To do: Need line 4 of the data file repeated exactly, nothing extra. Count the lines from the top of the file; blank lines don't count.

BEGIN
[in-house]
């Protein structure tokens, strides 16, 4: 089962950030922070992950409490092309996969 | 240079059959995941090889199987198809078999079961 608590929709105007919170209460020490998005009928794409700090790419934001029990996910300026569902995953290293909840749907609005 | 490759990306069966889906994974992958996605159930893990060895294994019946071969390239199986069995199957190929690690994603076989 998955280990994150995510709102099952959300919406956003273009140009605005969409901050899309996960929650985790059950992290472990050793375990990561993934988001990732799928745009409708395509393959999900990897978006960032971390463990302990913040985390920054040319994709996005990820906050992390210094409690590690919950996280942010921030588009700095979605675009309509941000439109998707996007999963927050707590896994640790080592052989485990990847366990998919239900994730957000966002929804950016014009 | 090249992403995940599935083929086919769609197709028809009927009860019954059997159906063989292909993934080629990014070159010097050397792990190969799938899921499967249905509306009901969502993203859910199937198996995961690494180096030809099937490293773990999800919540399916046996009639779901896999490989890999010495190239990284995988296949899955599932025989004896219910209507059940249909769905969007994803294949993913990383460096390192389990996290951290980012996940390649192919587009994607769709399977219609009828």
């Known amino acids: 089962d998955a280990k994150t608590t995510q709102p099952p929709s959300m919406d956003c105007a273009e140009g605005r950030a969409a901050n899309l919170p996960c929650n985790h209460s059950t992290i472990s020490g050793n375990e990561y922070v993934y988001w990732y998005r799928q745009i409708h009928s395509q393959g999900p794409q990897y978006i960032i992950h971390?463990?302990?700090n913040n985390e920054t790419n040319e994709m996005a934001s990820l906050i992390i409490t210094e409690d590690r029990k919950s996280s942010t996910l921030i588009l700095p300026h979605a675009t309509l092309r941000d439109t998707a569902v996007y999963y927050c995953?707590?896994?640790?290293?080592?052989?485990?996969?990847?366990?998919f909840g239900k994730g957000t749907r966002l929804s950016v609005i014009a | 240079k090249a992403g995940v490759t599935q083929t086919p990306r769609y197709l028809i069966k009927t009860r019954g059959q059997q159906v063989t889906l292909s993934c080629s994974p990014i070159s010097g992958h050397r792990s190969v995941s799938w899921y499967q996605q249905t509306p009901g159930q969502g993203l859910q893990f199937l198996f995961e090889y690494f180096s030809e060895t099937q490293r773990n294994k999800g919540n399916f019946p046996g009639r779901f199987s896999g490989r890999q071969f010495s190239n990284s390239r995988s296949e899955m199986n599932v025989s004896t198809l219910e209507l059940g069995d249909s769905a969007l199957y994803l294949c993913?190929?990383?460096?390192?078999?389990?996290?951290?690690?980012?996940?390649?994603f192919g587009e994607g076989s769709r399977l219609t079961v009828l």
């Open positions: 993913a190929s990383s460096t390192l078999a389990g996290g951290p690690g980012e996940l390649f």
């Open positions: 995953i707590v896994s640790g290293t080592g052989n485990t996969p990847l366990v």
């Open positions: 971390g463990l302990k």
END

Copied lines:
């Open positions: 993913a190929s990383s460096t390192l078999a389990g996290g951290p690690g980012e996940l390649f």